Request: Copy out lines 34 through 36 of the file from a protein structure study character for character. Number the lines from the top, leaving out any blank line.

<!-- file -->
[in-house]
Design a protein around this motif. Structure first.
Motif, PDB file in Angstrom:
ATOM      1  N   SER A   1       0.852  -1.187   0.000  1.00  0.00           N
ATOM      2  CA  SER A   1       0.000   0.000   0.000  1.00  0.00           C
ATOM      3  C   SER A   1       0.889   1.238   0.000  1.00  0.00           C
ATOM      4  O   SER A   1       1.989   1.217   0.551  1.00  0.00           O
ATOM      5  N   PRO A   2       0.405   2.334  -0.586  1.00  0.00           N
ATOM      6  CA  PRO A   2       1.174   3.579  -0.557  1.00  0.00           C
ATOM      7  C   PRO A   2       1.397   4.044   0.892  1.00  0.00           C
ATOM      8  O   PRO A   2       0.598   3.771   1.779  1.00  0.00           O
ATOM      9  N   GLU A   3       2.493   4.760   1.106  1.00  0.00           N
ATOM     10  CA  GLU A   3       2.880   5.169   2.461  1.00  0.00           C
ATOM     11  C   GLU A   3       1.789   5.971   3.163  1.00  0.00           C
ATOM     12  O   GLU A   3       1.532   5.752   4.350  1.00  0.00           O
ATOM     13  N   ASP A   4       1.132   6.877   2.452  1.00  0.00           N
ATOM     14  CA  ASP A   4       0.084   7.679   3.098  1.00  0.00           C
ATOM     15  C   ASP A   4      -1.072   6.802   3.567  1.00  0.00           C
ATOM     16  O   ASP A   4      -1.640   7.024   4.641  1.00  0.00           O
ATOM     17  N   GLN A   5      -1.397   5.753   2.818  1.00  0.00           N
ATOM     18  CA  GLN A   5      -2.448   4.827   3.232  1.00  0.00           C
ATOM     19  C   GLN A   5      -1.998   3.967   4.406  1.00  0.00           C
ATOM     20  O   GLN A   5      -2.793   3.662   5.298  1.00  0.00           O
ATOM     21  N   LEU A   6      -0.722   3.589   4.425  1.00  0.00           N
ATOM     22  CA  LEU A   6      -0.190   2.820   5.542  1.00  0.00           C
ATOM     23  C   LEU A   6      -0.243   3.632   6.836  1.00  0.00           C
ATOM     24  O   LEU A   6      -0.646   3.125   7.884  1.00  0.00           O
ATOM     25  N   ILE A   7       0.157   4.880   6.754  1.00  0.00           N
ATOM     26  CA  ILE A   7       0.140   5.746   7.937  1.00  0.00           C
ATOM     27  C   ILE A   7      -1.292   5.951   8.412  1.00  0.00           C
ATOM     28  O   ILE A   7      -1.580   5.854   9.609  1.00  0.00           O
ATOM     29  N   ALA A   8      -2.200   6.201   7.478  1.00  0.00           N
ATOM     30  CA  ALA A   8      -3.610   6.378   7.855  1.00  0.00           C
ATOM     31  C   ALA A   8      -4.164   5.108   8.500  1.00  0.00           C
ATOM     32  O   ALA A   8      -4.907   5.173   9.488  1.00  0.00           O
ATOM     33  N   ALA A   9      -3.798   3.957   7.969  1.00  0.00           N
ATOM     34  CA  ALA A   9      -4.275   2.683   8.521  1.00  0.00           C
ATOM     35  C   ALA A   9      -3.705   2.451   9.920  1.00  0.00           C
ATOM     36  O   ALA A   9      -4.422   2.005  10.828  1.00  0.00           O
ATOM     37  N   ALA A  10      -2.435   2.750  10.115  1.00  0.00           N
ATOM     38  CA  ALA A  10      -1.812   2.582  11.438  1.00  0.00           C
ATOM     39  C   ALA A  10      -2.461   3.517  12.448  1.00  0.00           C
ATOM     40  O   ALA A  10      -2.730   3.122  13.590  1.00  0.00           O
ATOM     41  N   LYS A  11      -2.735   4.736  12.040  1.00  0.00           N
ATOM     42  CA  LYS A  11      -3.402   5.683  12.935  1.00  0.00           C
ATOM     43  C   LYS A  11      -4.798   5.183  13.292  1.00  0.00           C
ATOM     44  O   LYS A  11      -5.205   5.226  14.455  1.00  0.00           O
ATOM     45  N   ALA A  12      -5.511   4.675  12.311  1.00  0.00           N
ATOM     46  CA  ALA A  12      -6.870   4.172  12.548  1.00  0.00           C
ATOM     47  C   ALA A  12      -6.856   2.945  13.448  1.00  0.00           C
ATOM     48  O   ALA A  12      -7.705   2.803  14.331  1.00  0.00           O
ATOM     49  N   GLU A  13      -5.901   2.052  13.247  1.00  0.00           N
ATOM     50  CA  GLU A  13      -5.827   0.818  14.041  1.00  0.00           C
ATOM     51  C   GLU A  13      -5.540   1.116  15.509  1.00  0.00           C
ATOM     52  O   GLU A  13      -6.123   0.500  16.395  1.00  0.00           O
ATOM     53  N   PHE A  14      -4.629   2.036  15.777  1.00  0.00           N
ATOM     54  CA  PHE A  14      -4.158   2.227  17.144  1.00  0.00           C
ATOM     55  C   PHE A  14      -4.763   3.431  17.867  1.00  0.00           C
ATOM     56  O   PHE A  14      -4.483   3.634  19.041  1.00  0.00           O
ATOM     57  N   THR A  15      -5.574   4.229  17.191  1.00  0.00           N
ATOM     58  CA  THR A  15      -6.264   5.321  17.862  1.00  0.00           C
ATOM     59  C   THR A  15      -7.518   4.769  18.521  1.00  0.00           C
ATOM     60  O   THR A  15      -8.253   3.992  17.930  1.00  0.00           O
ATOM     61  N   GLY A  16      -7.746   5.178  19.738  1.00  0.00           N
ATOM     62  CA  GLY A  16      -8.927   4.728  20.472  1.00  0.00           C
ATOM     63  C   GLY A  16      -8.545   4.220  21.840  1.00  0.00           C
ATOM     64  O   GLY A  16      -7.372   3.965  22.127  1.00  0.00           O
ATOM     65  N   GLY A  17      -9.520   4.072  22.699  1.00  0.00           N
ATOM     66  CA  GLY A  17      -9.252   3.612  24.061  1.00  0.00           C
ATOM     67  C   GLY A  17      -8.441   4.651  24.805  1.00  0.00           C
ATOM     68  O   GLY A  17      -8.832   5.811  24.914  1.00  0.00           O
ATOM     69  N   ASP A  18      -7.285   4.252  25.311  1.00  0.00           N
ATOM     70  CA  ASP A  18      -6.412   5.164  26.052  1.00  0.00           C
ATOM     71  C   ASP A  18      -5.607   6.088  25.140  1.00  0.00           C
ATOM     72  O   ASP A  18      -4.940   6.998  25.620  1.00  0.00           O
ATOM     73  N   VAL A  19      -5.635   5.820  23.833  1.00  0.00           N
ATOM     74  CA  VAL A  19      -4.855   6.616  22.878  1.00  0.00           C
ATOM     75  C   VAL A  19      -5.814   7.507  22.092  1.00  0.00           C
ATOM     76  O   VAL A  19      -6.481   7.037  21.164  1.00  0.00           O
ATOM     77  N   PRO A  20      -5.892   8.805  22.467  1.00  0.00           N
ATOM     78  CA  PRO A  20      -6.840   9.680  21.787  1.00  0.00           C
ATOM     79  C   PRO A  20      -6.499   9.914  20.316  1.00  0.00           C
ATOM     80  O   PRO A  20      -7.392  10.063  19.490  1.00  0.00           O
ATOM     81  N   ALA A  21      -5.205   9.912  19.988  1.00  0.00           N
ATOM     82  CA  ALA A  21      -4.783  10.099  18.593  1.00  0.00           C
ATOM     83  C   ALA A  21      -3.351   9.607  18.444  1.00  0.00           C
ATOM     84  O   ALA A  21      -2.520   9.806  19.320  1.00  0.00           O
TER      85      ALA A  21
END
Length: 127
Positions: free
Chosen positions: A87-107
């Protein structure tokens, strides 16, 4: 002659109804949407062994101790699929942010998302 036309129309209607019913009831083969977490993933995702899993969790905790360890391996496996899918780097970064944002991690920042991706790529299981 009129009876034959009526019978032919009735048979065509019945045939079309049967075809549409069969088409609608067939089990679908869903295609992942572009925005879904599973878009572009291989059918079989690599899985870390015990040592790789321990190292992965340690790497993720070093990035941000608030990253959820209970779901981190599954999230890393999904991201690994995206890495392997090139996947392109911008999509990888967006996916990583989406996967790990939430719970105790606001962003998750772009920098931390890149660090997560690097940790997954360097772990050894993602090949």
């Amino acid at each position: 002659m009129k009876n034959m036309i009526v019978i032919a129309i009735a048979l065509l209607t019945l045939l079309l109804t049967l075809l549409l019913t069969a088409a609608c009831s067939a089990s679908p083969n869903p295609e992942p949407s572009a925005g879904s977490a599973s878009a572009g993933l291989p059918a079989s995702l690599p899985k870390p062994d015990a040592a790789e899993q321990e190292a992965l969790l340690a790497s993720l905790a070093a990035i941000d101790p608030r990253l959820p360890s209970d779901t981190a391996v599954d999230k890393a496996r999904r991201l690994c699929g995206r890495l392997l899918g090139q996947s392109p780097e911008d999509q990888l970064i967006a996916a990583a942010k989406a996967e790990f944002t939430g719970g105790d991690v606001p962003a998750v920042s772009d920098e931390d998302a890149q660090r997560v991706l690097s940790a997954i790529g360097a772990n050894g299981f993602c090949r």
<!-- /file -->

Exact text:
ATOM     31  C   ALA A   8      -4.164   5.108   8.500  1.00  0.00           C
ATOM     32  O   ALA A   8      -4.907   5.173   9.488  1.00  0.00           O
ATOM     33  N   ALA A   9      -3.798   3.957   7.969  1.00  0.00           N